The whole 17th amendment thing seems kooky of course, but we don’t have direct popular election of the president because we think it disenfranchise those living in less populous states.

     
    • watsonthethird

      November 7, 2013 at 5:44 pm

      Hi bardolf. I agree that taking those things as you stated them doesn’t sound so bad, as you put it. But calling for nullification and suggesting that we’ve reached the point where we need to take up arms against the government is going a bit far, don’t you think? This is where he starts to lose a lot of us.

       
      • bardolf2

        November 8, 2013 at 4:13 am

        (Math nerd here!) I will admit that while the Mother Jones article cuts short Ron Paul’s ideas with ellipsis … (like an ellipse is a cut short conic section) Dr. Paul has been hyperbolic in his nullification rhetoric (like a hyperbola is an excessive conic section).

        I’m not so sure how much of the end times scenarios is actually being believed among politicians of any ilk. I tend to think that the too big to fail corporations and mammoth size governments are both on borrowed time all over the world. Things like BitCoin will eventually succeed and makers/farmers/thinkers will eventually become less and less dependent on the insurance and guarantees produced through efficiencies of scale.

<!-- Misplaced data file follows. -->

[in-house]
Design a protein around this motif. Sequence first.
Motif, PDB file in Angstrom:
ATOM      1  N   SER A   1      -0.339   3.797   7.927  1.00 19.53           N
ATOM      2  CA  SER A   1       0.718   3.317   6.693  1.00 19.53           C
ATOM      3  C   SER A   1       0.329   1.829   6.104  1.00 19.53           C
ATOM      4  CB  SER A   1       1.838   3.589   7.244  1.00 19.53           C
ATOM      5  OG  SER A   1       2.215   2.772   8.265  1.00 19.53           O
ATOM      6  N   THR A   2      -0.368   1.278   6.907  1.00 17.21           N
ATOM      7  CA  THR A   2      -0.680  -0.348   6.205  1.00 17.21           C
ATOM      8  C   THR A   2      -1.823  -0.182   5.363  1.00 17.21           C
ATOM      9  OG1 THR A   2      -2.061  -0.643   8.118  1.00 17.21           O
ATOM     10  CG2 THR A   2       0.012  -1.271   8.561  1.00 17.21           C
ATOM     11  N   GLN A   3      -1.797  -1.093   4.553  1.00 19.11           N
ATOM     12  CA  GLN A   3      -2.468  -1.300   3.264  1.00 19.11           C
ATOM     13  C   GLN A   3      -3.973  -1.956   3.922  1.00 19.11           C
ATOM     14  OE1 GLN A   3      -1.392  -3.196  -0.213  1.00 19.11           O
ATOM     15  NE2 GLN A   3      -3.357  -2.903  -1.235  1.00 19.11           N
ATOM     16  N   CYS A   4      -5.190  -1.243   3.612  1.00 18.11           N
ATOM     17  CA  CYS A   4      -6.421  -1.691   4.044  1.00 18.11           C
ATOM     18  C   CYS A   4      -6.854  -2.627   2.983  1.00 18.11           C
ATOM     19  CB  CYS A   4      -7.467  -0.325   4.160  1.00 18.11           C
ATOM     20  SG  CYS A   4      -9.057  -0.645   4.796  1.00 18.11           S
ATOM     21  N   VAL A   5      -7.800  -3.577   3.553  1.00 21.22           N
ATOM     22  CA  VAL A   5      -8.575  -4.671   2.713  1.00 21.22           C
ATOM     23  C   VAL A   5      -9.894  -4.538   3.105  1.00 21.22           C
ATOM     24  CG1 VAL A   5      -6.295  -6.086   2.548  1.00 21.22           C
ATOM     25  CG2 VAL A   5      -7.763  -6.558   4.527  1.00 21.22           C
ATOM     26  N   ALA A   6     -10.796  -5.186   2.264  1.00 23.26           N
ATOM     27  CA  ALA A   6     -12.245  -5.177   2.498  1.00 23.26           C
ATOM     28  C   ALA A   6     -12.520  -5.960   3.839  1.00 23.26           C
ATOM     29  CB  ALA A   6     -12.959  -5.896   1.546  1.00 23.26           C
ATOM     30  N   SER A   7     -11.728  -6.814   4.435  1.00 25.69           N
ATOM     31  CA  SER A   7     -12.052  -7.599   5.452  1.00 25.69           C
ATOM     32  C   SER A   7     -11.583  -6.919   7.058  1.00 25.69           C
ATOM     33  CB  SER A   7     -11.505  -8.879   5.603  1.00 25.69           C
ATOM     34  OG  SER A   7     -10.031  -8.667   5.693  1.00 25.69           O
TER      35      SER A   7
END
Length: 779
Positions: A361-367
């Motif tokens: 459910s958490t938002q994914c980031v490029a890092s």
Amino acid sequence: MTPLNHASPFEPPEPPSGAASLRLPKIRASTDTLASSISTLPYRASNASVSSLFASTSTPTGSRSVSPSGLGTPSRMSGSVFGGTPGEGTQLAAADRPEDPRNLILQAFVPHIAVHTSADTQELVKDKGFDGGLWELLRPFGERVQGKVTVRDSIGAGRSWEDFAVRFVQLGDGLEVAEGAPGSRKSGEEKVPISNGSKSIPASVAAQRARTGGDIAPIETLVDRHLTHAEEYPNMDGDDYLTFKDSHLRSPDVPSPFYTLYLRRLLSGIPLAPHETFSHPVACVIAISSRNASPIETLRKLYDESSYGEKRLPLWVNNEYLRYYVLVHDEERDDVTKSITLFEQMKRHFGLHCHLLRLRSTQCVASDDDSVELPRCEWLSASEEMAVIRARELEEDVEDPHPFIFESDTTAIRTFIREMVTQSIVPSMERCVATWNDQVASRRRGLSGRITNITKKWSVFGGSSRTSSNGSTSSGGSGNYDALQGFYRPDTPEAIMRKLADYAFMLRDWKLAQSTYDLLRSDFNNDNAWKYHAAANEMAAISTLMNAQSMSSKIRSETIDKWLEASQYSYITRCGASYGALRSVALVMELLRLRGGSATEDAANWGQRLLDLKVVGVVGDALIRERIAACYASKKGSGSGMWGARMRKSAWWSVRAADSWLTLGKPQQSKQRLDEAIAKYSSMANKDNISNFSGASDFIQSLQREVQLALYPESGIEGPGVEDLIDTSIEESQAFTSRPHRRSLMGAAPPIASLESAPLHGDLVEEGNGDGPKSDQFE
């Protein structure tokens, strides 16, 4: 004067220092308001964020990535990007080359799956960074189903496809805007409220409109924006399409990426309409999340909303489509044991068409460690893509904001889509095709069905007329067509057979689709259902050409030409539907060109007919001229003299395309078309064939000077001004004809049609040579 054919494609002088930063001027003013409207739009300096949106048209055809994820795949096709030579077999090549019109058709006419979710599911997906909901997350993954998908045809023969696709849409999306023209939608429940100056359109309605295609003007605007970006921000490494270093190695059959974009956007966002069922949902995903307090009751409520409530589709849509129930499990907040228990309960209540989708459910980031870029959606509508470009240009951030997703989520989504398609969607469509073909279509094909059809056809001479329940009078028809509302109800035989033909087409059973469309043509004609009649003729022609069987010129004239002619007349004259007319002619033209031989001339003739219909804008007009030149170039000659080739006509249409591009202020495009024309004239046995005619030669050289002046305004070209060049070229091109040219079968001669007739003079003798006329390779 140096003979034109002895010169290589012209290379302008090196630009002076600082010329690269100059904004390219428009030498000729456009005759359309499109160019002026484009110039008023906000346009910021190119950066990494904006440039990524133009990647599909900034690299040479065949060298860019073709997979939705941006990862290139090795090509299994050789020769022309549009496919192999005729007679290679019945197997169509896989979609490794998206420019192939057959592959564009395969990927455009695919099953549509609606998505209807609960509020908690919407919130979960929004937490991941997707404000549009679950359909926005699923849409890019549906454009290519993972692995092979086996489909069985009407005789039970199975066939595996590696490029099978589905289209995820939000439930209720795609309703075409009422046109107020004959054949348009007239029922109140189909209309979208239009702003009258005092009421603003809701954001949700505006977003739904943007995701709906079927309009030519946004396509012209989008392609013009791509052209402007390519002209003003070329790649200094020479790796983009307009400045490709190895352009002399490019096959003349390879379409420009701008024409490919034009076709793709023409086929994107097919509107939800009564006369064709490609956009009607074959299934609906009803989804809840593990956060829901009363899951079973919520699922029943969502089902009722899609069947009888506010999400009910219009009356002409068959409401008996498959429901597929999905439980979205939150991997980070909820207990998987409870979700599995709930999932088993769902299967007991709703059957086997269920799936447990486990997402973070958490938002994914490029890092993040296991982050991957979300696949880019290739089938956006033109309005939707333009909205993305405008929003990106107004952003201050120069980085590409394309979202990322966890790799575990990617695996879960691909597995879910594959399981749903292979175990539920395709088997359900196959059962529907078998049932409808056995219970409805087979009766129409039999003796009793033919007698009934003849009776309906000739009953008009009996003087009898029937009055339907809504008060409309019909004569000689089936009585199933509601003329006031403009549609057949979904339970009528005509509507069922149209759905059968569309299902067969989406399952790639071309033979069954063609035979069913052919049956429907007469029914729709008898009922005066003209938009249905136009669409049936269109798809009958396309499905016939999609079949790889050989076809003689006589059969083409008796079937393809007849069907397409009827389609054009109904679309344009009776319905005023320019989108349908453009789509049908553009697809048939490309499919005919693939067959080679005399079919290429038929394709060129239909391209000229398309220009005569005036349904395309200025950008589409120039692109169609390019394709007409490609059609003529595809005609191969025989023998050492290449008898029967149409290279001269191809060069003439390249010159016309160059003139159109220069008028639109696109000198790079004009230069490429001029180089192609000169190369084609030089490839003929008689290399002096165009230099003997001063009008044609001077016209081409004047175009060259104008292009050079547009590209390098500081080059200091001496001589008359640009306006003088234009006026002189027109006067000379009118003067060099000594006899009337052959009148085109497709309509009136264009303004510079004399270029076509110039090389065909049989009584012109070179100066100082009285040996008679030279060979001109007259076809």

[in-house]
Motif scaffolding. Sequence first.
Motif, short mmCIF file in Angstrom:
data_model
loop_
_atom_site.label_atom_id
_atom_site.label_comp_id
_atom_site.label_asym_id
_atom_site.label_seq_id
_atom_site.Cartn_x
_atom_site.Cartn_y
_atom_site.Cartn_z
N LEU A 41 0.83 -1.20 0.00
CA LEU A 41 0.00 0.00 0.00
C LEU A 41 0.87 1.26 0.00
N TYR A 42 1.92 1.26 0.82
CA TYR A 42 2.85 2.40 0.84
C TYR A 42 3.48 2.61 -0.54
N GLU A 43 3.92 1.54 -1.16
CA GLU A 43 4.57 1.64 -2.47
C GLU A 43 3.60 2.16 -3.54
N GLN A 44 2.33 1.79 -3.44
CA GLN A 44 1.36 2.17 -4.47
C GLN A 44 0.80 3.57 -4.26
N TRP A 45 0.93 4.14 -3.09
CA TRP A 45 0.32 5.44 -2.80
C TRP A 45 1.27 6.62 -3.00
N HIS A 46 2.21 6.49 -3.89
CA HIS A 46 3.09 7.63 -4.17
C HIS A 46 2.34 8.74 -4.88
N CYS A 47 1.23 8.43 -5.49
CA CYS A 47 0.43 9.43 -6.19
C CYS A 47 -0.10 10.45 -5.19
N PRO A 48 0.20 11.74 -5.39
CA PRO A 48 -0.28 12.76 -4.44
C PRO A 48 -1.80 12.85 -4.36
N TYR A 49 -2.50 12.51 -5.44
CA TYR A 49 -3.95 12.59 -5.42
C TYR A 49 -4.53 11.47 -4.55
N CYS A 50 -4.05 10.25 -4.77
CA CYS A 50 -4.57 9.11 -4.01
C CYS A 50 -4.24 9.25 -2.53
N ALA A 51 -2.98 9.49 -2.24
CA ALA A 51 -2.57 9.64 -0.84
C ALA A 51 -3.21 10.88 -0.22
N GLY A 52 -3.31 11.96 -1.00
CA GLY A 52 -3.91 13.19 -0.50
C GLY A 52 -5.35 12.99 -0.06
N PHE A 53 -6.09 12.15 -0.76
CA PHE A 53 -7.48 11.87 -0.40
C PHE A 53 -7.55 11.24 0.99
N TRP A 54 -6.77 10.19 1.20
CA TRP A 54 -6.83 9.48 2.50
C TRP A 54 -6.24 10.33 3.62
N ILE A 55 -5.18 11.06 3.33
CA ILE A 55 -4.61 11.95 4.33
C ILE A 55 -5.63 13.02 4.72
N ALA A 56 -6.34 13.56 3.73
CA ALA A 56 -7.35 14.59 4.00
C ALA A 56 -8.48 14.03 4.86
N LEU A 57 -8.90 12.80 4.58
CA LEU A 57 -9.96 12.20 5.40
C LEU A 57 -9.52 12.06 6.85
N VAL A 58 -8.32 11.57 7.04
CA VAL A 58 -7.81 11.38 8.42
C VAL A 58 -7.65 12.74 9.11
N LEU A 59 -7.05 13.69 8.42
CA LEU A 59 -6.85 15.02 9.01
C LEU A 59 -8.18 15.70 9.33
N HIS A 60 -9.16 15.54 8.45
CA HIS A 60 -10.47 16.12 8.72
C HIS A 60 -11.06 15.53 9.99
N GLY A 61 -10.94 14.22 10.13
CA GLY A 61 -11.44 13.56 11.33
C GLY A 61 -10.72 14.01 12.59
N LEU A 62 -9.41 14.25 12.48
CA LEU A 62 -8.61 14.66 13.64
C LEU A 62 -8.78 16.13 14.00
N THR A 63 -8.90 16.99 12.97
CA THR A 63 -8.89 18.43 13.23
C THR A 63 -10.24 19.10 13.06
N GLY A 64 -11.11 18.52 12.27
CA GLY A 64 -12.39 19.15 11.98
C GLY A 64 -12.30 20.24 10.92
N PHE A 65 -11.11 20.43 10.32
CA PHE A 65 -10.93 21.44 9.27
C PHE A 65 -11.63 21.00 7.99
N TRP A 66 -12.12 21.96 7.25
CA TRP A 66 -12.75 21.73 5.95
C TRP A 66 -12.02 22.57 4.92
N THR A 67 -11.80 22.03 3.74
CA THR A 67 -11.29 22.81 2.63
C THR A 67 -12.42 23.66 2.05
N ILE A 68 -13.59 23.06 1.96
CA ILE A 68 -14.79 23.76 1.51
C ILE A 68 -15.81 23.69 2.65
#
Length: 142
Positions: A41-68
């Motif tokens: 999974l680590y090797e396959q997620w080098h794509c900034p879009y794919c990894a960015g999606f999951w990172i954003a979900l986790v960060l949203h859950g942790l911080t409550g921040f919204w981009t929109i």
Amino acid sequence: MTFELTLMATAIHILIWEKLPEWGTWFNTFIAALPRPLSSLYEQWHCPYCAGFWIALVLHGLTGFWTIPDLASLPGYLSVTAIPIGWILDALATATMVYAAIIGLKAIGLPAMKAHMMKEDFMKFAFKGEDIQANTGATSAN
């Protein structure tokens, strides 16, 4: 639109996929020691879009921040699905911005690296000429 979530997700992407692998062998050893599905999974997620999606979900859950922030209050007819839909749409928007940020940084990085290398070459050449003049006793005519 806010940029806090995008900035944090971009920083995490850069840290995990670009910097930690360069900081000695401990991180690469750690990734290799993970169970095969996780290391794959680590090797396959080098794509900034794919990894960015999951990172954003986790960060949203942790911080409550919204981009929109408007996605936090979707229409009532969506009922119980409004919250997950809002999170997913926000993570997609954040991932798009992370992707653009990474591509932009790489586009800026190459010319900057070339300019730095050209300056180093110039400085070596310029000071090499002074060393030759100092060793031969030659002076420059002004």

As far as taking arms up against the government, I understand the idea of rebellion more along the lines of a resistance of sorts to possible overreach. The analogy here is with the resistance in India to British rule. IMO, the tyranny of government is probably worst at the local level because yahoos vote to have the SWAT teams do basic law enforcement and some police officers take the war on drugs metaphor was too literally.

        I give you exhibit A in this weeks tyranny:
        http://reason.com/blog/2013/11/05/dont-appear-to-be-clenching-your-buttock

        In summary, I give Ron Paul a lot of leeway with his rhetoric if only for his stand against the imprisonment of minorities in the war on drugs. If you ask if the idea of prepping for a large scale confrontation with law enforcement is nuts, the answer is yes.

        PS. The ideal conic section is a parabola which correctly illustrates important physics like the motion of a baseball, the design of a satellite TV receiver and cutting a a cone not too short and not too long but parallel to the cone. We need less ellipsis and hyperbole and more parables to move ahead in this complicated intertwined world.

         
    • mitchethekid

      November 7, 2013 at 7:05 pm